Over the past few years, one of the principal duties of the HCHS Manuscript Curator has been to survey our collections and inventory them into an automated (in other words, computerized) catalogue. Considering the fact that we have been collecting materials for over 115 years, and that materials of great worth are still donated to us on an ongoing basis, it is safe to assume that this process will take quite a long time. It may sound somewhat tedious, and it sometimes is, but every once in a while I have the pleasure of running across something that can only described as “really neat”.
One such item is a printed pamphlet from Philadelphia in 1796 entitled “Every Man His Own Brewer”. This fascinating little treatise offers an economic argument as to how everyone can make excellent beer at home for self-consumption and to have a little left over to sell, making it a profitable exercise. I am not sure how the government today would feel about people making beer at home and selling it, but I do know that home-brewing, after many years of being in a proverbial dark ages, has once again reached a high level of popularity in this country.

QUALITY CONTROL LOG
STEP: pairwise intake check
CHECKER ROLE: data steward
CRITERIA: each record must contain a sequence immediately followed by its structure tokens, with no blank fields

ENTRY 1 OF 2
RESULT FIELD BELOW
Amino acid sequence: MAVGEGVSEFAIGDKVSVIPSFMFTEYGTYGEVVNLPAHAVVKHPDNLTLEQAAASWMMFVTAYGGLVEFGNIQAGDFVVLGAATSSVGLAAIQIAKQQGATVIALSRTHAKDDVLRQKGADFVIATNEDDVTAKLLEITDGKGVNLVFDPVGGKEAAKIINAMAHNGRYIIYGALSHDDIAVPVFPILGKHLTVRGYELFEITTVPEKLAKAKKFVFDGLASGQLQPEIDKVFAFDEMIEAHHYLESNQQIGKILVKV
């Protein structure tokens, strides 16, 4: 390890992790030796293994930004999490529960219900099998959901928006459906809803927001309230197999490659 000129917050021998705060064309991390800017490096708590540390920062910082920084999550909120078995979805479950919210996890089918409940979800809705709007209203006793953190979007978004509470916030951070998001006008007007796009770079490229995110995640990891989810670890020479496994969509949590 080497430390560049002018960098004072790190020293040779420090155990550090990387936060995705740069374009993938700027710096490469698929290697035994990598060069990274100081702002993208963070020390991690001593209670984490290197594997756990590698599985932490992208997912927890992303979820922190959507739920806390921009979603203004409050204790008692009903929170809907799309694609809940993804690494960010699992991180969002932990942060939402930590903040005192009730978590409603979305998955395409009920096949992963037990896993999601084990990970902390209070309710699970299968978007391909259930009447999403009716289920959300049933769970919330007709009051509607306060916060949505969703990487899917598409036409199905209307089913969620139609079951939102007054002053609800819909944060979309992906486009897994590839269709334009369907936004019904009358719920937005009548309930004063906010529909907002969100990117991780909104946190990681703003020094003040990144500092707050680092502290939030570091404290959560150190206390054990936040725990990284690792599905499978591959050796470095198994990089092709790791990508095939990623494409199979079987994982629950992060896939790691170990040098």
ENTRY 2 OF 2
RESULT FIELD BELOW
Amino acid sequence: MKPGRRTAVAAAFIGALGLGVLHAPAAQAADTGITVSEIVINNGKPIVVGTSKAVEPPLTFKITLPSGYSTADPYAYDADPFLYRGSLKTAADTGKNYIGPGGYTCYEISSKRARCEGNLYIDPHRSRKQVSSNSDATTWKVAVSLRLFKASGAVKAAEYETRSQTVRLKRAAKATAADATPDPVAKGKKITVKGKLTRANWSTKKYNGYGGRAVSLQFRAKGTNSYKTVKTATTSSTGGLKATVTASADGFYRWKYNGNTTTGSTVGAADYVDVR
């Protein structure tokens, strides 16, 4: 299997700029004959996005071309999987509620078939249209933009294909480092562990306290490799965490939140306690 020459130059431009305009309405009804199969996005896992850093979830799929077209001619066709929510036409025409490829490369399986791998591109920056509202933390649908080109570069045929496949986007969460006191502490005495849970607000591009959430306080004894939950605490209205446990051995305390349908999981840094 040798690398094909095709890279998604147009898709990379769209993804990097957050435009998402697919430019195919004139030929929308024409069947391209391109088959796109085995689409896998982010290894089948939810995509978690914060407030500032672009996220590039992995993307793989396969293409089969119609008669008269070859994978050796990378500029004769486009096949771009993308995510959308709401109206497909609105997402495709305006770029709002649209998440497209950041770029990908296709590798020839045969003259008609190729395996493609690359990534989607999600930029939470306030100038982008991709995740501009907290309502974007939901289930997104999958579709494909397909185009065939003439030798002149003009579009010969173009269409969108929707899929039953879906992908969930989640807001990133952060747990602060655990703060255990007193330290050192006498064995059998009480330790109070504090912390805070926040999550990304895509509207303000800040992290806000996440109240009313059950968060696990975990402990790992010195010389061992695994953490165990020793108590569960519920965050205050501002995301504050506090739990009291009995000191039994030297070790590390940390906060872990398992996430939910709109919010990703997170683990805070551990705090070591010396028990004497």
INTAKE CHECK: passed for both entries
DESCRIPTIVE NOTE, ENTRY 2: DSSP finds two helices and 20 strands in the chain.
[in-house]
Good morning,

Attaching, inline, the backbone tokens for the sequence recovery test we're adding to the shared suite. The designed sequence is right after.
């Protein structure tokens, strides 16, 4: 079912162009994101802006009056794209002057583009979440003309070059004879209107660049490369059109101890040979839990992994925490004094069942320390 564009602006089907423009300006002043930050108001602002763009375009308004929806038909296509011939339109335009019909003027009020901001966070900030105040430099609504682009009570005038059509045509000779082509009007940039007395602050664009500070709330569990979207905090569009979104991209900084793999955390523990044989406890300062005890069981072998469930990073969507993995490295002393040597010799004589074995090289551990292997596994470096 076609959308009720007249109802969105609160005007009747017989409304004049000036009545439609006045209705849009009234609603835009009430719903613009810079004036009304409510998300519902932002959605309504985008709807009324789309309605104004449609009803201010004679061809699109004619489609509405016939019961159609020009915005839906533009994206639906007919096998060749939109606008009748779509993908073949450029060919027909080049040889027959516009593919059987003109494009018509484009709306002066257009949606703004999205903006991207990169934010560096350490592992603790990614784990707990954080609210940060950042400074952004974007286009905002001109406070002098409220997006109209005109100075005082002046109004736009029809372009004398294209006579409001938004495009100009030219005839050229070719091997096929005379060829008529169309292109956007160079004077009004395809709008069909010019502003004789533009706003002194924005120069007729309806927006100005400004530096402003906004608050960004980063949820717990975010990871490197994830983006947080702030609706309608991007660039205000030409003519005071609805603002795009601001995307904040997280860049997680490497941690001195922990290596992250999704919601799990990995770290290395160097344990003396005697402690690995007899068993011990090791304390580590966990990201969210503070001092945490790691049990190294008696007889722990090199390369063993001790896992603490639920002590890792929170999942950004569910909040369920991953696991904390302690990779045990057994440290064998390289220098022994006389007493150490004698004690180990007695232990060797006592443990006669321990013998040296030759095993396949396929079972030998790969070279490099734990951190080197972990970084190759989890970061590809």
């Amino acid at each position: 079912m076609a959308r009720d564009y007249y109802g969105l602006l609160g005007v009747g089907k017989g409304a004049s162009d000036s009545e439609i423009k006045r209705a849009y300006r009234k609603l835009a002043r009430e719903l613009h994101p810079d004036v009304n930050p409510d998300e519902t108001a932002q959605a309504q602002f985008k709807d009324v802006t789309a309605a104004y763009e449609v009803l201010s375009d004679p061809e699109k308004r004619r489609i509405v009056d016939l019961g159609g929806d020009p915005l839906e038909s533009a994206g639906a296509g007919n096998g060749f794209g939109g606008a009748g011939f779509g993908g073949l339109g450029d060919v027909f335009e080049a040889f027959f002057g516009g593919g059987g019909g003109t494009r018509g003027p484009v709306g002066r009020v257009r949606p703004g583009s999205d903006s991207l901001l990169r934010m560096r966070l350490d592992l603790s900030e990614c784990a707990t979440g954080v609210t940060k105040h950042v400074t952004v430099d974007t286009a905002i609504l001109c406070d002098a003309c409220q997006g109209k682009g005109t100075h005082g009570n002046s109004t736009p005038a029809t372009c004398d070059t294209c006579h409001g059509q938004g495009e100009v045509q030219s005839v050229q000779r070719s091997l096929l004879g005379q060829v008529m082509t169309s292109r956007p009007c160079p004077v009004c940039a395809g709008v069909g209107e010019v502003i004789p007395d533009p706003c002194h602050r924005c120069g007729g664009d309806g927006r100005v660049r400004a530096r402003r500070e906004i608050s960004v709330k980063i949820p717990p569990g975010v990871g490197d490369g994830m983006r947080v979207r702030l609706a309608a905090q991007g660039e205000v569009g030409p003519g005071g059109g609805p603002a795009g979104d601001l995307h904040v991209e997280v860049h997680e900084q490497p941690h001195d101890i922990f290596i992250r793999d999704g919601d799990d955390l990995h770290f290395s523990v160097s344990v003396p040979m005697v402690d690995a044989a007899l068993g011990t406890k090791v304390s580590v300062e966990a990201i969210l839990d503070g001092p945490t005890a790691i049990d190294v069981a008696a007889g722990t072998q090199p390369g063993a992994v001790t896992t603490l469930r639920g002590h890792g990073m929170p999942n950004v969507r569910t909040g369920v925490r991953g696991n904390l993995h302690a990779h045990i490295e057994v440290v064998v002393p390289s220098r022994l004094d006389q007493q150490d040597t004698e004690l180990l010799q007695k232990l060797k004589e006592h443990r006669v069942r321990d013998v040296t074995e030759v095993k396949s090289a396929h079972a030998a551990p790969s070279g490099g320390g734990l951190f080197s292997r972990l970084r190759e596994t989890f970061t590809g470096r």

From personal experimentation (purely scientific in nature, of course), I am quite aware of both the quantity and quality of craft beers in America’s market place today. Some of the more popular craft brewers feature products that have been developed from historical recipes. This pamphlet not only explains the financial possibilities of brewing, but gives instructions and recipes as well. I know at least one of my home-brew friends is very eager to look this over. He may be unpleasantly surprised, however, to learn that he has to convert things like “drams” and “gills” into modern measurements. His wife may also be unpleasantly surprised when she finds that, at least according to the author in 1796, she is expected to do most of the work!